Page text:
We're unable to sign you in at this time. Please try again in a few minutes.
We were able to sign you in, but your subscription(s) could not be found. Please try again in a few minutes.
There may be a problem with your account. Please contact the AMA Service Center to resolve this issue.
Contact the AMA Service Center:
Telephone: 1 (800) 262-2350 or 1 (312) 670-7827  *   Email: subscriptions@jamanetwork.com
Error Message ......
This Month in Archives of General Psychiatry |

This Month in Archives of General Psychiatry FREE

Arch Gen Psychiatry. 2000;57(12):1097. doi:10.1001/archpsyc.57.12.1097.
Text Size: A A A
Published online

Human behavior arises from both genotype and experience. A measurable portion of the variance in behavior is hereditary, and such inheritance is ultimately attributable to functional variants of genes programming brain development and function. The sequence of the human genome is revealing a complex pattern of gene sequence variation. Cravchik and GoldmanArticle analyze the sequence diversity in human neurotransmitter receptor and transporter genes, and propose that it might represent an example of "neurochemical individuality."

Driessen et alArticle aim to answer the question of whether traumatized patients with borderline personality disorders (BPD) show trauma-related brain abnormalities or neuropsychological deficits. They found that patients with BPD have smaller volumes of the hippocampus and the amygdala than healthy controls but no neuropsychological deficits when the results were contolled for levels of depression. Volumes of the hippocampus were negatively correlated with early traumatization when all subjects were considered. The hypothesis of trauma-induced volume reductions of the brain in BPD can only be partly supported by this study.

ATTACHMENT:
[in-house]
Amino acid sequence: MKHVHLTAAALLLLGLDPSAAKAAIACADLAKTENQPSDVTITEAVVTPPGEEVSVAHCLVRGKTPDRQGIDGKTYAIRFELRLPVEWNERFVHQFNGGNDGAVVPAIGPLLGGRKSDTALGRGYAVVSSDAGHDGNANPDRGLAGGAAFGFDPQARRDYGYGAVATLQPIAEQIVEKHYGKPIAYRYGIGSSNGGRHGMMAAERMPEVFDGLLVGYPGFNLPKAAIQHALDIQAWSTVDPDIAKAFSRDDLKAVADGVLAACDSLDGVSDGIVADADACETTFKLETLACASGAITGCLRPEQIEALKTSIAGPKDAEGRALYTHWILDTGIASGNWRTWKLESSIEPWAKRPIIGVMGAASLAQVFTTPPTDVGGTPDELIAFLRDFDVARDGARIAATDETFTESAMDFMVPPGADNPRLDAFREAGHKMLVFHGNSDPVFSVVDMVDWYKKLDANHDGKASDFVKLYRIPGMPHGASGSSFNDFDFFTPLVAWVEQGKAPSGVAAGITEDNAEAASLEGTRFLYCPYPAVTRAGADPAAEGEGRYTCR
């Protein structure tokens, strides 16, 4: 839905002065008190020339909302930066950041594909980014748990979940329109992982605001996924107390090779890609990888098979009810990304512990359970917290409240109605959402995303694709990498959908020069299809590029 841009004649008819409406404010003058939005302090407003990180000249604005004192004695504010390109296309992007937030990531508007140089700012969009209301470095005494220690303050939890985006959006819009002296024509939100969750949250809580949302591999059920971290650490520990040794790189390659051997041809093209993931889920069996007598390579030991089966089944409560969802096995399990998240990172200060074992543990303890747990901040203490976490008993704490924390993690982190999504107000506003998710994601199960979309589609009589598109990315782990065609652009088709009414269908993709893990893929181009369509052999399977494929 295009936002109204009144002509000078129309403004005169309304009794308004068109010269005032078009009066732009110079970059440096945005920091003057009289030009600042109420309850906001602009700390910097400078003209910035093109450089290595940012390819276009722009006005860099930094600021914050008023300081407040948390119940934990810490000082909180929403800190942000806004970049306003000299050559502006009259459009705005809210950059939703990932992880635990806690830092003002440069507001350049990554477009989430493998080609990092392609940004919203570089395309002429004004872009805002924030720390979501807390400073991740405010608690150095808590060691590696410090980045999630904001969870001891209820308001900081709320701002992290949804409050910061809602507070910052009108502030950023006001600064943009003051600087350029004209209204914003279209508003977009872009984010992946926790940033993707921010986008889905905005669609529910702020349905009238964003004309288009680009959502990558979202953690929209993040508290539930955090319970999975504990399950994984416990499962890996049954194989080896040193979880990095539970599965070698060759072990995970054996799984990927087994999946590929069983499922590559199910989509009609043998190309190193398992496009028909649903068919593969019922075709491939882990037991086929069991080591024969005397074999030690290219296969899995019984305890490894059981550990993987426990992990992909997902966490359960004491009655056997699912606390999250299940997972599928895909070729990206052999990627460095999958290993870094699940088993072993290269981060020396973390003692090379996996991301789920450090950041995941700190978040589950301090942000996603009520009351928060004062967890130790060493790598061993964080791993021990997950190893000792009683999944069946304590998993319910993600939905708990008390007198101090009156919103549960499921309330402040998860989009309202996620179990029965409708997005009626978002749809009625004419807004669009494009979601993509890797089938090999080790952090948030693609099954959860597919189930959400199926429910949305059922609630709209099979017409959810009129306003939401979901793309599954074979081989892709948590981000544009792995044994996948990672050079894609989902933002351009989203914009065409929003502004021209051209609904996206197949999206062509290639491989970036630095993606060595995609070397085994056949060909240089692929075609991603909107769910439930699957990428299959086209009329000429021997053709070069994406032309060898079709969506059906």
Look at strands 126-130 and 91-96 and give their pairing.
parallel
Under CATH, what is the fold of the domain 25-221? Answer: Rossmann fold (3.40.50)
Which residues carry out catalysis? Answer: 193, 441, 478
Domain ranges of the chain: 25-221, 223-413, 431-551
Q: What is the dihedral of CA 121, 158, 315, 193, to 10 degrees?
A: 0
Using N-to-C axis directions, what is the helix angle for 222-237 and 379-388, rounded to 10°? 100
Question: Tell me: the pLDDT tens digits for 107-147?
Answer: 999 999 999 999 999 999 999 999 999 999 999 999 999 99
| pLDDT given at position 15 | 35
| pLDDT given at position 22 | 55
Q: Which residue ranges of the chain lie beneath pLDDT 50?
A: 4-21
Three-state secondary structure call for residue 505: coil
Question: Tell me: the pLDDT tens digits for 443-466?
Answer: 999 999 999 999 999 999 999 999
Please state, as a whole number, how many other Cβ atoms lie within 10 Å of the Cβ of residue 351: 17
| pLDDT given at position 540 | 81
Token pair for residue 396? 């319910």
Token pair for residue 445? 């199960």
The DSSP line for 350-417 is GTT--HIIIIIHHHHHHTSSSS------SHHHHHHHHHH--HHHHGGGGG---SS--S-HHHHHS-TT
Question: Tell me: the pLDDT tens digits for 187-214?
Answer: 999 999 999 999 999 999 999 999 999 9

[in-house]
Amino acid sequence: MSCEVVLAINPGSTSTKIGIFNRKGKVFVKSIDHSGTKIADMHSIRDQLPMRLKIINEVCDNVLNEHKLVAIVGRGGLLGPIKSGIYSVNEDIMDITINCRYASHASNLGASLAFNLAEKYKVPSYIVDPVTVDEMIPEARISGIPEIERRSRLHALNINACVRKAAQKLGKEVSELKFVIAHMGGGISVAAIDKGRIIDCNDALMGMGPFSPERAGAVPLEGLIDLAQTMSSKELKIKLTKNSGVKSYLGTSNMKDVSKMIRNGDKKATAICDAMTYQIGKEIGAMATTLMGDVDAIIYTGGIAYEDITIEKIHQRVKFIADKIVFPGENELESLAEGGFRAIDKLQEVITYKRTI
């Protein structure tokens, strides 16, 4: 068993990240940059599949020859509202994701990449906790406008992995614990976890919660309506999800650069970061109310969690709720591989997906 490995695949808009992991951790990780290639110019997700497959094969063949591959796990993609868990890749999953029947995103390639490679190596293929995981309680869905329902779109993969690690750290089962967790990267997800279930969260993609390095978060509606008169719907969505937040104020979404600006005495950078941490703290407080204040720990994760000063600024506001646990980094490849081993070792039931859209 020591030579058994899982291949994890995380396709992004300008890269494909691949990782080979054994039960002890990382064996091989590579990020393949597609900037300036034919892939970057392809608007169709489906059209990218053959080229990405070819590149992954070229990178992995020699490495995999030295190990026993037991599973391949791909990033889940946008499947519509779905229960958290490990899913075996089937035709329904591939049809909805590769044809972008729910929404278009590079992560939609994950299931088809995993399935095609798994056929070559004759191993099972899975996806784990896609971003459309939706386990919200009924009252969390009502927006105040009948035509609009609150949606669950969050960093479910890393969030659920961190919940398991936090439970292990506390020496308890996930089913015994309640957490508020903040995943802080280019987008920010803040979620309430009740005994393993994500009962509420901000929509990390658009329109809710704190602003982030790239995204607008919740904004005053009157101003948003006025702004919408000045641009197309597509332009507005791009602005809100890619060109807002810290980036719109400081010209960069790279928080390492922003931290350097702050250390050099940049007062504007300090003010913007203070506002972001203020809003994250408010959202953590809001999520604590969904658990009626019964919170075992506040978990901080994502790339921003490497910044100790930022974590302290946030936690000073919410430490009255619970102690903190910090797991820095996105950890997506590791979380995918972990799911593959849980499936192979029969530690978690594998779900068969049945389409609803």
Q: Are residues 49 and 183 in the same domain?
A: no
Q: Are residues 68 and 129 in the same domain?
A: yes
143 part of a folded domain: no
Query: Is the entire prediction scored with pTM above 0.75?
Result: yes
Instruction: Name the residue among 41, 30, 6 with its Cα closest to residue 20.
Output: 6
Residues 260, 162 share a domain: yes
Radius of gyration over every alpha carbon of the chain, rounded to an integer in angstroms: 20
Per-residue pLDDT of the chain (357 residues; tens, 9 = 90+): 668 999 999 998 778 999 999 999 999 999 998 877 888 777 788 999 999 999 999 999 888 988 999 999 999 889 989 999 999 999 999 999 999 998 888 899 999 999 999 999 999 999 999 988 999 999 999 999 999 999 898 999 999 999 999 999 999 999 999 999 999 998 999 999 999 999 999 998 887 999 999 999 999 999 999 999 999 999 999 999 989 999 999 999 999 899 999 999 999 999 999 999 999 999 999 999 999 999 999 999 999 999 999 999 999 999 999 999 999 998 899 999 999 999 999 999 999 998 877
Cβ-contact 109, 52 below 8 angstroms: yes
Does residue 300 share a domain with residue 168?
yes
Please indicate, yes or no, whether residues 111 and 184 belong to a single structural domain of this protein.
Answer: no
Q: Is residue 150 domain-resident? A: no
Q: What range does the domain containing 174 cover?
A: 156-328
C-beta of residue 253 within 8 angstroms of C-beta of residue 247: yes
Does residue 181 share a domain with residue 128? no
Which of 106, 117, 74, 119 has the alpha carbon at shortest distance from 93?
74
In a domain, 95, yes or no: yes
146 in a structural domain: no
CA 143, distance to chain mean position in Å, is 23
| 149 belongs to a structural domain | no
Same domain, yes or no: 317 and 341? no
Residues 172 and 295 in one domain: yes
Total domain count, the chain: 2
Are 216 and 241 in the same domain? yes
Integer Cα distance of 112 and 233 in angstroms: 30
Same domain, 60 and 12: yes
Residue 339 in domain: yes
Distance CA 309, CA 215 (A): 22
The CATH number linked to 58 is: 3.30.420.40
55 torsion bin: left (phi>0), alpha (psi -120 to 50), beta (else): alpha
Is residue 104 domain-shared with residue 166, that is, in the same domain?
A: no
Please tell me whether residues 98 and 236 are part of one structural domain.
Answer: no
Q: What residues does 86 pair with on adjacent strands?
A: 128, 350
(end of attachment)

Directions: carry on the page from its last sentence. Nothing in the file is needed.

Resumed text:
Schizophrenia is associated with deficits in the ability to perform tasks that require transient information storage. Javitt et alArticle used electrophysiological and behavioral measures to evaluate whether such deficits reflect impaired ability to form precise memory traces, or impaired ability to maintain such traces once they are formed. Patients showed impaired ability to process information in both an attention-dependent visual paradigm and an attention-independent auditory paradigm, but no deficit in information retention. Similar effects are observed following administration of ketamine in normal volunteersArticle, suggesting that N-methyl-D-aspartate receptor dysfunction may play a prominent role in the disorder.

Deficient functioning of N-methyl-D-aspartate receptors (NMDARs) has been implicated in the impairment of short-duration, transient memory in schizophrenia. Umbricht et alArticle used electrophysiological and behavioral measures to investigate the effects of the NMDAR antagonist ketamine in healthy volunteers in 2 tasks that require transient information storage at the preattentive, sensory, and attention-dependent levels, respectively. They demonstrate that ketamine administration induced patterns of abnormalities similar to those observed in schizophreniaArticle. Thus, NMDAR-related dysfunction may underlie deficits in the formation and utilization of transient memory traces at different levels of information processing in schizophrenia.

Individuals with schizophrenia show severe deficits in the ability to perform simple sensory tasks, such as the ability to match 2 tones following brief delay. Rabinowicz et alArticle evaluated the relative contributions of auditory vs prefrontal dysfunction in producing this deficit. Auditory cortical lesions are known to increase tone-matching thresholds whether or not distracting tones are present, whereas prefrontal lesions affect performance only in the presence of same-modality (auditory) distractors. Patients showed increased thresholds but no increased distractability, suggesting that deficits are due to sensory imprecision and cannot be attributed to prefrontal dysfunction.